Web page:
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Dambulla Cave Temple

The Dambulla Cave Temple, also known as the Golden Temple, is a World Heritage Site located in the town Dambulla in the Matale district. About 17km away from Sigiriya, the Dambulla Cave Temple holds much cultural and historical significance to Sri Lankans.

The temple is one of the best-preserved cave temples of many in Sri Lanka, and so, is certainly the place to go for a clear glimpse at Sri Lanka’s ancient Buddhist history. The temple is located about 160m off the ground, and its walls cover an astonishing 23,000 sq.ft of area.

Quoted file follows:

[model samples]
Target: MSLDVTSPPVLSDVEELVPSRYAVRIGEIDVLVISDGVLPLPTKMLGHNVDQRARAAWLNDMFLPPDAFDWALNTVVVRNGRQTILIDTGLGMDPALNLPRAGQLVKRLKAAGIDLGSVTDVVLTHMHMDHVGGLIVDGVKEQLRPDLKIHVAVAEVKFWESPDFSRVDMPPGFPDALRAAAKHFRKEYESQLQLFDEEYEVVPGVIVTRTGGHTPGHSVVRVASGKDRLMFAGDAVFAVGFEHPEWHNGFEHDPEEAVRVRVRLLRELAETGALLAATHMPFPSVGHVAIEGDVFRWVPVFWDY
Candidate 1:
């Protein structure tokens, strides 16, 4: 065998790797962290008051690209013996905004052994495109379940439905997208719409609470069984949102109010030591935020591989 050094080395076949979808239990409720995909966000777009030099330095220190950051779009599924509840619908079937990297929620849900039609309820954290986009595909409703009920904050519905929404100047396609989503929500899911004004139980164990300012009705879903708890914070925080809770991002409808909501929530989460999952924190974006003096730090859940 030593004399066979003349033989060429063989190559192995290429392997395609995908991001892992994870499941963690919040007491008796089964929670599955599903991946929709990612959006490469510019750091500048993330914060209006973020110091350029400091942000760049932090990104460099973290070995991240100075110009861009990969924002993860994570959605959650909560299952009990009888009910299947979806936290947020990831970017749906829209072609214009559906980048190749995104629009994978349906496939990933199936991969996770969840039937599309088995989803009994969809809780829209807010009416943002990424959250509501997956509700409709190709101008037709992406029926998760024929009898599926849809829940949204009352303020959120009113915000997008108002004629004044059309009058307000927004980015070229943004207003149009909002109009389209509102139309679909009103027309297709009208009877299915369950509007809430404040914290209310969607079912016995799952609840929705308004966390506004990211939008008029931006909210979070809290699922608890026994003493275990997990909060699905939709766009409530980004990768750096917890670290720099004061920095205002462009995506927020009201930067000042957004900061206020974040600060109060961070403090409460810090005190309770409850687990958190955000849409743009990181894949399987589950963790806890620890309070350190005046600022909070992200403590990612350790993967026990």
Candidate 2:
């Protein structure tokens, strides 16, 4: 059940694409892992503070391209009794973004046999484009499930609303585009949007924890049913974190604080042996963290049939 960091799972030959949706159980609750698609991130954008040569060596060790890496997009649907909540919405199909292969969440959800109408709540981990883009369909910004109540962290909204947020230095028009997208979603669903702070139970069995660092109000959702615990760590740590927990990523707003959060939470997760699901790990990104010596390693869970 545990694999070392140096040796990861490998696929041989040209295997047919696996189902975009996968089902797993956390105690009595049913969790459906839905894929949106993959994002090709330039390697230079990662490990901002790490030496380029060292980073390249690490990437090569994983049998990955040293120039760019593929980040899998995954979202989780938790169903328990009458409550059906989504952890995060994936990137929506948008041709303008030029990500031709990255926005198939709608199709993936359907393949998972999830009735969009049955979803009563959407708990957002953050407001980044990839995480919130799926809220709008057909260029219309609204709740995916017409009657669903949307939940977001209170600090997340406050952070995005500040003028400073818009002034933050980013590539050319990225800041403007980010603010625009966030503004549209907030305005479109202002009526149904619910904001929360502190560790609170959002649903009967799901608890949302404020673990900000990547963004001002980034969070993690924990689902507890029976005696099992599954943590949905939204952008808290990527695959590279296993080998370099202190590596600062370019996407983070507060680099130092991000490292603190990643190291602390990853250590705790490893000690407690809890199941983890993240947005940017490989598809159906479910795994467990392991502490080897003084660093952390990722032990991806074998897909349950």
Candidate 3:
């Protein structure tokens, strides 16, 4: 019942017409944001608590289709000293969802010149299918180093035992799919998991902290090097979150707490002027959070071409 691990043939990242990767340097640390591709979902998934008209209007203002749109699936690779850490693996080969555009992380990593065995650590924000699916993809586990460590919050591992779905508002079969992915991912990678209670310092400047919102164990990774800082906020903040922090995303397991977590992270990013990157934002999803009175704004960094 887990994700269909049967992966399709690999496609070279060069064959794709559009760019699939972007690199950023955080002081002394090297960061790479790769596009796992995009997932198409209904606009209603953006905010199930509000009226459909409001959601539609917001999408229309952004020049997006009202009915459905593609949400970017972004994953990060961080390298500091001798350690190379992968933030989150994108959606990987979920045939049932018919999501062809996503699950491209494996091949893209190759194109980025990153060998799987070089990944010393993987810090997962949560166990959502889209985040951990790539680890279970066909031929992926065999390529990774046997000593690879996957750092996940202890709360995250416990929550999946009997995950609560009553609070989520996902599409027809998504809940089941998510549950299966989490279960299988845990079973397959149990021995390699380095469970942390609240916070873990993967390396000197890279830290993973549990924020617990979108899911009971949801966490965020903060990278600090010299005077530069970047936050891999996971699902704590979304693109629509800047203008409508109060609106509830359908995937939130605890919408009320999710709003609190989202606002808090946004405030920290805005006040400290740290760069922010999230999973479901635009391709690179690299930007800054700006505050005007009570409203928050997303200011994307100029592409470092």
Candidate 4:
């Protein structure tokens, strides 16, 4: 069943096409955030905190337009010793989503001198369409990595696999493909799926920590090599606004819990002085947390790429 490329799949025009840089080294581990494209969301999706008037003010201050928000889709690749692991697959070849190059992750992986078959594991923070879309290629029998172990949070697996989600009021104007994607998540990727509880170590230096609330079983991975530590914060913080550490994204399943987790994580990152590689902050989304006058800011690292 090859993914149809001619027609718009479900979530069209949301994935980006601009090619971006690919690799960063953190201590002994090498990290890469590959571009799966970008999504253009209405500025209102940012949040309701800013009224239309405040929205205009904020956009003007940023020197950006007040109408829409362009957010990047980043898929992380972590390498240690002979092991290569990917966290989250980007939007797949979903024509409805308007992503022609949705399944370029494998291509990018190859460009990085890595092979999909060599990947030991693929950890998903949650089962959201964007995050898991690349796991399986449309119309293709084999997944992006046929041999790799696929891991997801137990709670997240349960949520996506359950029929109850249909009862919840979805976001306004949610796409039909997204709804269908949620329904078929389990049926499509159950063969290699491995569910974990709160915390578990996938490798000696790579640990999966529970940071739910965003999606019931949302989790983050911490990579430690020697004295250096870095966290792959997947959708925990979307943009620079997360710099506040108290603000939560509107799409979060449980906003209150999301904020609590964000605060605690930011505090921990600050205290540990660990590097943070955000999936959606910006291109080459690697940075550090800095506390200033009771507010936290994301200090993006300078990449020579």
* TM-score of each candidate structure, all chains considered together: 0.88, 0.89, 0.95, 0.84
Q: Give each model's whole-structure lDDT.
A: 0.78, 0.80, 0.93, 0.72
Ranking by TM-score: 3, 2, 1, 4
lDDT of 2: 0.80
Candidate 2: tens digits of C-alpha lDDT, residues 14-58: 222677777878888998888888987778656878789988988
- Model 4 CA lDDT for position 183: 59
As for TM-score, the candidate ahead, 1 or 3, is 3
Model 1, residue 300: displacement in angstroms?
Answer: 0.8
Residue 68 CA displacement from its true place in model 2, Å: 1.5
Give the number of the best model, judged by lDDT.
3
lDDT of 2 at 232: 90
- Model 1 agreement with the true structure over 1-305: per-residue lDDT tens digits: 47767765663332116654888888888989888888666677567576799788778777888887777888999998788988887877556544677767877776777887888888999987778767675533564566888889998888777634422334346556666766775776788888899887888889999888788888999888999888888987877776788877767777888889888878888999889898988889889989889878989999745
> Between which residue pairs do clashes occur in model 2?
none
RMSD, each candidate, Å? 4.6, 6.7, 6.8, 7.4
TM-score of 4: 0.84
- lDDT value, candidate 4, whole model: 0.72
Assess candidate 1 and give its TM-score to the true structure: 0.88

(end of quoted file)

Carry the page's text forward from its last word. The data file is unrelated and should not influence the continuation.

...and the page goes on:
To date, nearly 80 caves have been discovered in and around its boundaries, but five in particular are quite significant. These five caves are rather large and serve as the temple’s main pathways, all depicting the temple’s most major attraction: the retelling of the story of Gautama Buddha’s life in various forms, including intricate paintings on the cave walls and the ceilings. The temple contains 153 Buddha statues, as well as three statues of Sri Lankan kings, and four of various deities.

Though there is some debate regardings this, it’s widely believed that the person responsible for the construction of this elaborate cave temple is King Valagamba, sometime around 1st century BC, meaning the temple had been utilised as a monastery since before the Christian era!

For the history buffs and culture enthusiasts, the Dambulla Cave Temple is a must-visit site, and is open all week from 7 a.m. to 7 p.m.